Xavier Bornas, Miquel Noguera, Maria Balle, Alfonso Morillas-Romero, Blanca Aguayo-Siquier, Miquel Tortella-Feliu, Jordi Llabrés
Journal of Psychophysiology (2013), 27, 2, 60-66. DOI – 10.1027/0269-8803/a000087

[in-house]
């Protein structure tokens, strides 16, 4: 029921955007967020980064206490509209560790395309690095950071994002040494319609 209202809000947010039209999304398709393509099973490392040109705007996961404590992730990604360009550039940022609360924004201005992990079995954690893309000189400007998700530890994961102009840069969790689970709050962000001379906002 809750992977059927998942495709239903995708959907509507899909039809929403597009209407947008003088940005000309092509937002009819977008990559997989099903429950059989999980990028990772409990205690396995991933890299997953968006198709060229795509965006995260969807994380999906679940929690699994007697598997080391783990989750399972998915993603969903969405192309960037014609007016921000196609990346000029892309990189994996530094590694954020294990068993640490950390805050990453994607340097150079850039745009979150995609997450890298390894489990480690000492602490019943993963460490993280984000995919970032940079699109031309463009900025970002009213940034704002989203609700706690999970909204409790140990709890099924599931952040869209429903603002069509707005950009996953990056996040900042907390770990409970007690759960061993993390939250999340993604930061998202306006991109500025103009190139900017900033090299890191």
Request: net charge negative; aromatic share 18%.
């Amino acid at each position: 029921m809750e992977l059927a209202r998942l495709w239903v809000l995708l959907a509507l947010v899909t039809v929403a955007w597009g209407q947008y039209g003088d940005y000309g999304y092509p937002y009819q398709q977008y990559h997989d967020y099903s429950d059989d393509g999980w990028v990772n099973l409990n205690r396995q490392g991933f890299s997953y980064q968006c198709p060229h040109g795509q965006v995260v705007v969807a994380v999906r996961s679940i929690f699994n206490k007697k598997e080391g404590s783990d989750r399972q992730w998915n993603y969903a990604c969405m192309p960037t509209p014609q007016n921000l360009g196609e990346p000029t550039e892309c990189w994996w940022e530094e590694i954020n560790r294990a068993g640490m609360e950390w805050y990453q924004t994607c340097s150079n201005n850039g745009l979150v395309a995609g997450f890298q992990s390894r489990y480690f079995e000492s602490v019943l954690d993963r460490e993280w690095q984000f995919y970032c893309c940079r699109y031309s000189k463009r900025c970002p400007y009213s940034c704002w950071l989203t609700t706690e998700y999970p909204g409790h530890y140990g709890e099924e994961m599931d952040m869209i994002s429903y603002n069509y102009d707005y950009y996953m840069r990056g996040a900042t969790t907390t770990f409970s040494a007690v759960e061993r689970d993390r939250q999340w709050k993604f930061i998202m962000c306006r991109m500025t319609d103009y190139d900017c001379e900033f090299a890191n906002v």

Several studies have reported differences in long-range temporal correlations of EEG oscillations between depressed and nondepressed individuals. The question remains unsolved whether these differences are also linked to negative emotion regulation strategies that configure a depressive style. In this study we applied detrended fluctuation analysis to the amplitude envelope of broad band and narrow band (theta and alpha) spontaneous EEG oscillations of a sample (N = 56) of young nondepressed adults to whom several emotion regulation and depression questionnaires were administered. Linear positive correlations between the scaling exponents of both broad band and theta band oscillations and negative emotion regulation strategies and depression scores were found. These results suggest that previously found differences between depressed and nondepressed individuals may exist before depression manifests, as differences could be linked to a negative emotion regulation style that in some cases could lead to the development of a depressive disorder.